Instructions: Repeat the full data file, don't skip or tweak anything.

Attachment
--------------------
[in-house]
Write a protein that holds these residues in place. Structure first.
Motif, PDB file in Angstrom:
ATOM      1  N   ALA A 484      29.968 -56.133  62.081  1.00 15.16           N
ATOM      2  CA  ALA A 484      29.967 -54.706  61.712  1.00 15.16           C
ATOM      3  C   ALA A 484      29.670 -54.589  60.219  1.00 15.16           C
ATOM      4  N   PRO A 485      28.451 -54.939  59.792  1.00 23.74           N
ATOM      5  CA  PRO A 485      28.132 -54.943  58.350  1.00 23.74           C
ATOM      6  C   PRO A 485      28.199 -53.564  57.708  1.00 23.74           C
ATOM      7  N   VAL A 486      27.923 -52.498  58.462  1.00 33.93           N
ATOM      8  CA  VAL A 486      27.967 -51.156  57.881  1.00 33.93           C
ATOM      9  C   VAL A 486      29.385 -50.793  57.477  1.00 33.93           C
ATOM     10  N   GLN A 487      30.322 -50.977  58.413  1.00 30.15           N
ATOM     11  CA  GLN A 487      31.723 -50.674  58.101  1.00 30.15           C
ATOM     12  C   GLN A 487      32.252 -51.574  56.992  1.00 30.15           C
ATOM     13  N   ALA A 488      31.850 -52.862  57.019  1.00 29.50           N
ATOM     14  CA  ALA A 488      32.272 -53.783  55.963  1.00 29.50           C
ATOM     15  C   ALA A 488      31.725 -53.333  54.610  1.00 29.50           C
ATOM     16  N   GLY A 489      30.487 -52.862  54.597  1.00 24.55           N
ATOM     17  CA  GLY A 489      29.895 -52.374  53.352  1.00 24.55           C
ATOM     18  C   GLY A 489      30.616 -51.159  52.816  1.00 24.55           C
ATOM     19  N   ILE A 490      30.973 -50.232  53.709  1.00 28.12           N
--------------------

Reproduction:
[in-house]
Write a protein that holds these residues in place. Structure first.
Motif, PDB file in Angstrom:
ATOM      1  N   ALA A 484      29.968 -56.133  62.081  1.00 15.16           N
ATOM      2  CA  ALA A 484      29.967 -54.706  61.712  1.00 15.16           C
ATOM      3  C   ALA A 484      29.670 -54.589  60.219  1.00 15.16           C
ATOM      4  N   PRO A 485      28.451 -54.939  59.792  1.00 23.74           N
ATOM      5  CA  PRO A 485      28.132 -54.943  58.350  1.00 23.74           C
ATOM      6  C   PRO A 485      28.199 -53.564  57.708  1.00 23.74           C
ATOM      7  N   VAL A 486      27.923 -52.498  58.462  1.00 33.93           N
ATOM      8  CA  VAL A 486      27.967 -51.156  57.881  1.00 33.93           C
ATOM      9  C   VAL A 486      29.385 -50.793  57.477  1.00 33.93           C
ATOM     10  N   GLN A 487      30.322 -50.977  58.413  1.00 30.15           N
ATOM     11  CA  GLN A 487      31.723 -50.674  58.101  1.00 30.15           C
ATOM     12  C   GLN A 487      32.252 -51.574  56.992  1.00 30.15           C
ATOM     13  N   ALA A 488      31.850 -52.862  57.019  1.00 29.50           N
ATOM     14  CA  ALA A 488      32.272 -53.783  55.963  1.00 29.50           C
ATOM     15  C   ALA A 488      31.725 -53.333  54.610  1.00 29.50           C
ATOM     16  N   GLY A 489      30.487 -52.862  54.597  1.00 24.55           N
ATOM     17  CA  GLY A 489      29.895 -52.374  53.352  1.00 24.55           C
ATOM     18  C   GLY A 489      30.616 -51.159  52.816  1.00 24.55           C
ATOM     19  N   ILE A 490      30.973 -50.232  53.709  1.00 28.12           N